Sunday, 11 November 2018
Witching Hour (2014) - Horror Anthology Film Review
While I did not know anything at all about Witching Hour I will say that I expected it to be low budget rubbish when I turned it on. That was until I realised it was a horror anthology, and that is a particular sweet spot for me as I love the variation this style of film making brings. Sure enough there were some shorts here which were pretty terrible, yet there were also a couple that actually were pretty decent even with the limitations of this low budget indie.
Two housemates: Logan (Emily Johnson-Erday) and Dee (Reanna Roane) are out shopping in an antiques store when one of them is drawn to an old mantlepiece clock that she feels she just has to buy. Talking to the store owner (Patrick Ferrara who also appears in the sequel to this Witching Hour II) he warns her that the clock contains within it an ancient powerful artefact that had been hidden away to stop the Nazi's getting their hands on it during World War II. The warning is ignored and the clock purchased, but it turns out there really is some power within the device, an evil power that is able to influence people's minds for bad.
The wrap around story is literally titled Framing Story and sees one of the housemates desperately try and find a way to destroy the clock which she realises has brainwashed her friend. Rather than just an excuse as a method to neatly fit in the shorts this actually has additional scenes that give it enough meat to stand out as a proper short in itself. It was interesting that one of the housemates was deaf, both in that it leads to prolonged scenes of sign language, but also that it seems that maybe that's why that housemate couldn't be influenced like the one able to hear.
Each of the six short films takes place with a different set of characters who have happened upon the clock. The first is unfortunately also the worst with Gone that is about an aging couple who clearly have not had a happy marriage, the wife wishes out loud for her past to be erased. This one was just dull, it had an unlikeable cast and a plot that didn't really go anywhere at all. I can't say this set me up well for the rest that were to follow.
Next up was Misfortune that was an improvement but it still didn't do much to stand out from a lot of nothingness. In this one a young man enters a magic shop for a reading from a psychic, it soon becomes clear that he knows far more about her than she does about him. The general idea was nice here and I liked the use of tarot cards which really added to the dialogue being said, though the start and end were a bit weird.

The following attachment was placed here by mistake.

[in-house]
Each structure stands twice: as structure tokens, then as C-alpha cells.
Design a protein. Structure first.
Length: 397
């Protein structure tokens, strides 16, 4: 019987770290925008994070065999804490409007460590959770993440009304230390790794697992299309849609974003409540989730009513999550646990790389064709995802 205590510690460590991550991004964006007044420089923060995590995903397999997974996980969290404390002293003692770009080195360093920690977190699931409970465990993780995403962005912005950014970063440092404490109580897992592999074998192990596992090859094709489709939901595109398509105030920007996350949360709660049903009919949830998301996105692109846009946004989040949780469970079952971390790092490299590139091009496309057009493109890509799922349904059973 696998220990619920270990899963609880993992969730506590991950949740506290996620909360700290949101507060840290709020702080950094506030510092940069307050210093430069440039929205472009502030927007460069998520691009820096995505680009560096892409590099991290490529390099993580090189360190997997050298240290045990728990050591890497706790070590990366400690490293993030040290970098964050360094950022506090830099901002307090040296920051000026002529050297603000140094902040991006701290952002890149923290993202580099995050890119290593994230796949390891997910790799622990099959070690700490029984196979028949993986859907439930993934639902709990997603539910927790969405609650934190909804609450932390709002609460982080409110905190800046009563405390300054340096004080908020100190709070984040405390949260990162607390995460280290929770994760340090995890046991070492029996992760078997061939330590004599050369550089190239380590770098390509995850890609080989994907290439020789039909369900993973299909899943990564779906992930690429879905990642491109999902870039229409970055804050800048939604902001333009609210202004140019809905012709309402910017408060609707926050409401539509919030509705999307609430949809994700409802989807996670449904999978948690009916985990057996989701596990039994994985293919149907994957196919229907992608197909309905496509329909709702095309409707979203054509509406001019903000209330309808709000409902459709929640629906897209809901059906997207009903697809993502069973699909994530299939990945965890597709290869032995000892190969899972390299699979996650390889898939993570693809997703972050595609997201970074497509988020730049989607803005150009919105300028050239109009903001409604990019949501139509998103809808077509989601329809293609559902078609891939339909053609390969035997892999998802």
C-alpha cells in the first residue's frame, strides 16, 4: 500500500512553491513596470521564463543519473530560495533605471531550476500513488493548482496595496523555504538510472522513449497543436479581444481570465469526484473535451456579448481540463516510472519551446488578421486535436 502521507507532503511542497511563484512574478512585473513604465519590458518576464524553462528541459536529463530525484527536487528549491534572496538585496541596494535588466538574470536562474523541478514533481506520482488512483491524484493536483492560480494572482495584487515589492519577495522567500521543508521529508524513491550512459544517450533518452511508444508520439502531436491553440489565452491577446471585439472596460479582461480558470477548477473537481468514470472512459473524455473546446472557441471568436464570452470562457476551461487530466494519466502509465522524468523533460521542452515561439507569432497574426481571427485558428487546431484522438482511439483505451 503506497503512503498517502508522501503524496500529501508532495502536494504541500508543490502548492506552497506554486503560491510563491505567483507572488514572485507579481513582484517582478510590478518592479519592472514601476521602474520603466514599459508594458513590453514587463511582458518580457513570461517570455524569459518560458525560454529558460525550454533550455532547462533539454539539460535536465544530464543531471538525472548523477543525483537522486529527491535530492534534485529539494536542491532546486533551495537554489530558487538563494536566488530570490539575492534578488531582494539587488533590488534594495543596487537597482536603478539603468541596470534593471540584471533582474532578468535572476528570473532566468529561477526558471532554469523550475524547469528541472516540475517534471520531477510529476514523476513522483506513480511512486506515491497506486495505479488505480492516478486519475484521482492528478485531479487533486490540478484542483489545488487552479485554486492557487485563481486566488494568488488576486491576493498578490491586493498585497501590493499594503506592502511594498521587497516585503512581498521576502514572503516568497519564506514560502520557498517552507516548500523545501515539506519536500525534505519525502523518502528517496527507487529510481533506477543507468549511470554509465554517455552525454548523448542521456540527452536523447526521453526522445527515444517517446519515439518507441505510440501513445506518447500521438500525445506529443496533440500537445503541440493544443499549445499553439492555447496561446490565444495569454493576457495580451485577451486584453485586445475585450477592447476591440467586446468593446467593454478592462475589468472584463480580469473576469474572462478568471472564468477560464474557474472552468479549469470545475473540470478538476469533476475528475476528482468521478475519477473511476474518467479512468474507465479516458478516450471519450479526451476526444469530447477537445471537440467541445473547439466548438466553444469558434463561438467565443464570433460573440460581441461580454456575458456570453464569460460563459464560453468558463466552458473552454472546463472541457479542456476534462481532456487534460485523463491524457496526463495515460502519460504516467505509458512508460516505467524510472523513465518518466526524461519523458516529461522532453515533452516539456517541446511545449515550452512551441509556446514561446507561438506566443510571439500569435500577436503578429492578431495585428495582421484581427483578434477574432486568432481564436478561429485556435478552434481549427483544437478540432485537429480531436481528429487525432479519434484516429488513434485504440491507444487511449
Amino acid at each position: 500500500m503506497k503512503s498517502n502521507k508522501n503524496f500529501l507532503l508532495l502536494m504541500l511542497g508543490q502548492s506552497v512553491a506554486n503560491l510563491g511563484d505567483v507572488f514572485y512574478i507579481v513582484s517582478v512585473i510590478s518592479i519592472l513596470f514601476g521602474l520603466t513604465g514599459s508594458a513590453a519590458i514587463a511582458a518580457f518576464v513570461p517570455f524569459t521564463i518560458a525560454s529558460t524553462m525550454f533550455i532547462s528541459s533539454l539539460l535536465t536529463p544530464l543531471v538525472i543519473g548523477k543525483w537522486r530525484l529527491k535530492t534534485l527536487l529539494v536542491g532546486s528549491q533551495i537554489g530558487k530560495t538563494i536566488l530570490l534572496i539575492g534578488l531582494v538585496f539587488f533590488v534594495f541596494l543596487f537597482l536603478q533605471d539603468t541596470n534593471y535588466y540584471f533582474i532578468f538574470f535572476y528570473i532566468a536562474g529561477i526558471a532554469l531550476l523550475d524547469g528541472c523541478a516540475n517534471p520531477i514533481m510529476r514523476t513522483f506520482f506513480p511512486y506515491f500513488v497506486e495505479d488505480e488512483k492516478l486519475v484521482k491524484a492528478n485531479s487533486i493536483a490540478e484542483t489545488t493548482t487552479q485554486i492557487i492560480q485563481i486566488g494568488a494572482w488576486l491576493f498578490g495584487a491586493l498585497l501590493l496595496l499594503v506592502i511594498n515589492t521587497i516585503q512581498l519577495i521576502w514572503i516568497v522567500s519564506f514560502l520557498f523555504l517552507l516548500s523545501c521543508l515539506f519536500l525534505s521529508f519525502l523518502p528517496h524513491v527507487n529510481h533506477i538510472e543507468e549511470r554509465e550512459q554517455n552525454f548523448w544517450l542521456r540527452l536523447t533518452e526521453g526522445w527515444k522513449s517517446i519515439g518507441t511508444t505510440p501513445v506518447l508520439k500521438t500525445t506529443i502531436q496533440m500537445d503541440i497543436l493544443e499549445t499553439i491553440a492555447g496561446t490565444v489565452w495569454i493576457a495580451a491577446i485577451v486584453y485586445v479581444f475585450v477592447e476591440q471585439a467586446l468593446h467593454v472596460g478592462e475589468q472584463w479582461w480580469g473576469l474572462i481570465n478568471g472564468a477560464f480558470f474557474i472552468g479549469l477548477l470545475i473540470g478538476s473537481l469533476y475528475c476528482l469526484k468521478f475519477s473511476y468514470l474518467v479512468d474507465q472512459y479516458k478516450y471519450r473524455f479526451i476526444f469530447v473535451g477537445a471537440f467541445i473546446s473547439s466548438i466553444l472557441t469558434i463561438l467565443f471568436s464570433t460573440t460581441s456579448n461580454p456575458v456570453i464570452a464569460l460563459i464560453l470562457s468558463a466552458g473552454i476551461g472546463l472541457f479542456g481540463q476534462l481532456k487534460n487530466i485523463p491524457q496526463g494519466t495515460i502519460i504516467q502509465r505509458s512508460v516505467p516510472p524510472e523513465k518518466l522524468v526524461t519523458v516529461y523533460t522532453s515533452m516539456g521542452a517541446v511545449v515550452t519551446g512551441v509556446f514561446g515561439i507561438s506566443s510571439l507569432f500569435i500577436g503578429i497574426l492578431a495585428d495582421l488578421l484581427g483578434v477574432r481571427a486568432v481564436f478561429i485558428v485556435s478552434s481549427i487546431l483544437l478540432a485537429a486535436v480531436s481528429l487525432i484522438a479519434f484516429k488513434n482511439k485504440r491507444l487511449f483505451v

The Birthday Present was the first short in Witching Hour were I began to enjoy what I was seeing. In this one a creepy clown is hired by a rich businessman to scare his spoilt daughter, however soon the tables are turned with the clown the one being scared. This was a good short, the clown (as always) was creepy and led to some cool chase scenes. A particular highlight was a scene taking place in a tight alleyway. This one even had a decent enough end, helped by the actress playing the little girl who was able to look a bit unsettling.
The Rules of Being Dead did something different in that it was more light and sweet than the other horror shorts here. In this one a friendly ghost is horrified to find out the same evil clock that caused his death is now in the hands of the new tenant of his apartment. Aside from about five words this was completely silent, there was a Zombieland style vibe in that as it goes on different rules pop up as text on screen to describe the rules of being a ghost. This did a lot in a short time, explaining a lot just via silent scenes. This offered something different to everything else and as such it stood out.
Let There Be Dark was my personal favourite one contained within Witching Hour. While the acting wasn't the best the general idea was solid, there was a slight feeling of H.P Lovecraft with this one. A teenage boy is at a session with his psychiatrist due to his fear of the dark, as he explains it though it is not so much the fear of the dark as it is the fear of the absence of light. Religion played into this and with plenty of dialogue and use of repetition there was a vague build up of anticipation for what was surely to come.
The final short is Blood Writes which was interesting in its meta-ness but didn't really do anything to special. Here a writer for Witching Hour desperate for fame and fortune decides to sell his soul in order for the film to be a success. The problem with this one, like that of some of the others is that the initial idea just isn't developed very far.
I think I will always have a fondness for anthologies, this is a prime example of demonstrating how even if some of the short films aren't so good the work can still be saved by an inclusion of several good ones. Witching Hour can be purchased in the USA here, UK here, and the rest of the world here.